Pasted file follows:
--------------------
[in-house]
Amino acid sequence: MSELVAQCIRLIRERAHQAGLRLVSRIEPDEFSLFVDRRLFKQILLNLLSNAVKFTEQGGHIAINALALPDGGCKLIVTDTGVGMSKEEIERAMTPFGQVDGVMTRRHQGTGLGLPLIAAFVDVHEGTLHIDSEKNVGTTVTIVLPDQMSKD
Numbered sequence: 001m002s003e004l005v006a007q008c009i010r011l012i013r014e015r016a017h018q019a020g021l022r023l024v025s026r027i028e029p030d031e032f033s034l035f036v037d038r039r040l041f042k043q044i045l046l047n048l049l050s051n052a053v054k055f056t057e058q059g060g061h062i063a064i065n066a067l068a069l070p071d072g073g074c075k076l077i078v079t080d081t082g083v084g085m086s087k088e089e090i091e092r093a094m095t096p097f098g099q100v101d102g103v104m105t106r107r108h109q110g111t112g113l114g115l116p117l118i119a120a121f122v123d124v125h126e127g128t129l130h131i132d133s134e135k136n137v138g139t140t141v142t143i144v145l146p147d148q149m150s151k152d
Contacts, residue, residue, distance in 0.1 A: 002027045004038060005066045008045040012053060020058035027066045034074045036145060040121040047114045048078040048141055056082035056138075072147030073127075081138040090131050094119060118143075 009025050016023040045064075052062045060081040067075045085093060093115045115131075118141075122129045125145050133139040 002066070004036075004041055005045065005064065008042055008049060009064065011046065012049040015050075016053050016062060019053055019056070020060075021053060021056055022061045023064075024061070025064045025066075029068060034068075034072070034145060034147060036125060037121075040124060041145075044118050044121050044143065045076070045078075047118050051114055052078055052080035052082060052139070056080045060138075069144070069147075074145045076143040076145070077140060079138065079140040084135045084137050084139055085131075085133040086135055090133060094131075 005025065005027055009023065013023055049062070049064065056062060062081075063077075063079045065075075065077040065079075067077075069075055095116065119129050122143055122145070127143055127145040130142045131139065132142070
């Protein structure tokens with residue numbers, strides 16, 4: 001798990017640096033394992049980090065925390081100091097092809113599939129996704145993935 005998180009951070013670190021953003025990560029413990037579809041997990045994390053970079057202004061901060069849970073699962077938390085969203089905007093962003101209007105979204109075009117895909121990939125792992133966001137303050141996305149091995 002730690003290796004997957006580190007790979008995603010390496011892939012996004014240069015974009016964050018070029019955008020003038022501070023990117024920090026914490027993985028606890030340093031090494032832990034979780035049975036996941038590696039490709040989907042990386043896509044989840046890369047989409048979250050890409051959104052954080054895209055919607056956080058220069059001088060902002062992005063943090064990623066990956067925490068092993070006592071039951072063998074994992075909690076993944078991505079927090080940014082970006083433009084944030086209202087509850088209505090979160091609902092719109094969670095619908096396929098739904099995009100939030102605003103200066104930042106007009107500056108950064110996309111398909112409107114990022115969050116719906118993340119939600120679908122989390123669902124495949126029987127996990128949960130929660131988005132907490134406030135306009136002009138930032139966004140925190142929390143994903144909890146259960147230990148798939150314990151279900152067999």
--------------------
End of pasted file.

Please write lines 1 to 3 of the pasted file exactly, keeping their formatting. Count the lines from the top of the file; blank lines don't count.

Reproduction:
[in-house]
Amino acid sequence: MSELVAQCIRLIRERAHQAGLRLVSRIEPDEFSLFVDRRLFKQILLNLLSNAVKFTEQGGHIAINALALPDGGCKLIVTDTGVGMSKEEIERAMTPFGQVDGVMTRRHQGTGLGLPLIAAFVDVHEGTLHIDSEKNVGTTVTIVLPDQMSKD
Numbered sequence: 001m002s003e004l005v006a007q008c009i010r011l012i013r014e015r016a017h018q019a020g021l022r023l024v025s026r027i028e029p030d031e032f033s034l035f036v037d038r039r040l041f042k043q044i045l046l047n048l049l050s051n052a053v054k055f056t057e058q059g060g061h062i063a064i065n066a067l068a069l070p071d072g073g074c075k076l077i078v079t080d081t082g083v084g085m086s087k088e089e090i091e092r093a094m095t096p097f098g099q100v101d102g103v104m105t106r107r108h109q110g111t112g113l114g115l116p117l118i119a120a121f122v123d124v125h126e127g128t129l130h131i132d133s134e135k136n137v138g139t140t141v142t143i144v145l146p147d148q149m150s151k152d